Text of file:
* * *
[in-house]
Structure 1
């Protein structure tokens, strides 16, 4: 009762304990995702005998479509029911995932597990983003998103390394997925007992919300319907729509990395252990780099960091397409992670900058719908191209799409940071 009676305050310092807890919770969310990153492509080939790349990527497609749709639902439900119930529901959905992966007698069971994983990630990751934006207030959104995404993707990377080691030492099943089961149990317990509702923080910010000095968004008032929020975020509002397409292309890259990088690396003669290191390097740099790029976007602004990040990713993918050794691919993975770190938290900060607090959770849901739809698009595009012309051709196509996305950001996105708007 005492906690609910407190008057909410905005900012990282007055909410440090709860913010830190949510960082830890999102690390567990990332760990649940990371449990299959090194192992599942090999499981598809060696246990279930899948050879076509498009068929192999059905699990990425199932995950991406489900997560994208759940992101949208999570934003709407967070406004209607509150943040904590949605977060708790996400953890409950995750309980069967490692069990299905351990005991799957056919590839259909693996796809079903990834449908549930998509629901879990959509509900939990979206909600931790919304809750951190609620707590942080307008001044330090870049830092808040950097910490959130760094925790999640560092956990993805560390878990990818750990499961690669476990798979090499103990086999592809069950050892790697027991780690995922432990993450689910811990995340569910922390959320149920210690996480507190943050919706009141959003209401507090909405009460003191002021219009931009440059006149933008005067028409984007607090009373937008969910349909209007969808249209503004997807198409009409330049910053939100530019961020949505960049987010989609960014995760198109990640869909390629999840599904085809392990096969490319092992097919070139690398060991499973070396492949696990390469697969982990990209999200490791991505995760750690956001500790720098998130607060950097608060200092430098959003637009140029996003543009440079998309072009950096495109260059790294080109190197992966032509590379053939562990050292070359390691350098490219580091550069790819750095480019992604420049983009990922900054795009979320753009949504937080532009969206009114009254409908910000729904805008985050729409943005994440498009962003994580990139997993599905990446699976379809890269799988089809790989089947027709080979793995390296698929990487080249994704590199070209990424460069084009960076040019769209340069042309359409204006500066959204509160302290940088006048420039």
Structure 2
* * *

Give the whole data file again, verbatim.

[in-house]
Structure 1
């Protein structure tokens, strides 16, 4: 009762304990995702005998479509029911995932597990983003998103390394997925007992919300319907729509990395252990780099960091397409992670900058719908191209799409940071 009676305050310092807890919770969310990153492509080939790349990527497609749709639902439900119930529901959905992966007698069971994983990630990751934006207030959104995404993707990377080691030492099943089961149990317990509702923080910010000095968004008032929020975020509002397409292309890259990088690396003669290191390097740099790029976007602004990040990713993918050794691919993975770190938290900060607090959770849901739809698009595009012309051709196509996305950001996105708007 005492906690609910407190008057909410905005900012990282007055909410440090709860913010830190949510960082830890999102690390567990990332760990649940990371449990299959090194192992599942090999499981598809060696246990279930899948050879076509498009068929192999059905699990990425199932995950991406489900997560994208759940992101949208999570934003709407967070406004209607509150943040904590949605977060708790996400953890409950995750309980069967490692069990299905351990005991799957056919590839259909693996796809079903990834449908549930998509629901879990959509509900939990979206909600931790919304809750951190609620707590942080307008001044330090870049830092808040950097910490959130760094925790999640560092956990993805560390878990990818750990499961690669476990798979090499103990086999592809069950050892790697027991780690995922432990993450689910811990995340569910922390959320149920210690996480507190943050919706009141959003209401507090909405009460003191002021219009931009440059006149933008005067028409984007607090009373937008969910349909209007969808249209503004997807198409009409330049910053939100530019961020949505960049987010989609960014995760198109990640869909390629999840599904085809392990096969490319092992097919070139690398060991499973070396492949696990390469697969982990990209999200490791991505995760750690956001500790720098998130607060950097608060200092430098959003637009140029996003543009440079998309072009950096495109260059790294080109190197992966032509590379053939562990050292070359390691350098490219580091550069790819750095480019992604420049983009990922900054795009979320753009949504937080532009969206009114009254409908910000729904805008985050729409943005994440498009962003994580990139997993599905990446699976379809890269799988089809790989089947027709080979793995390296698929990487080249994704590199070209990424460069084009960076040019769209340069042309359409204006500066959204509160302290940088006048420039």
Structure 2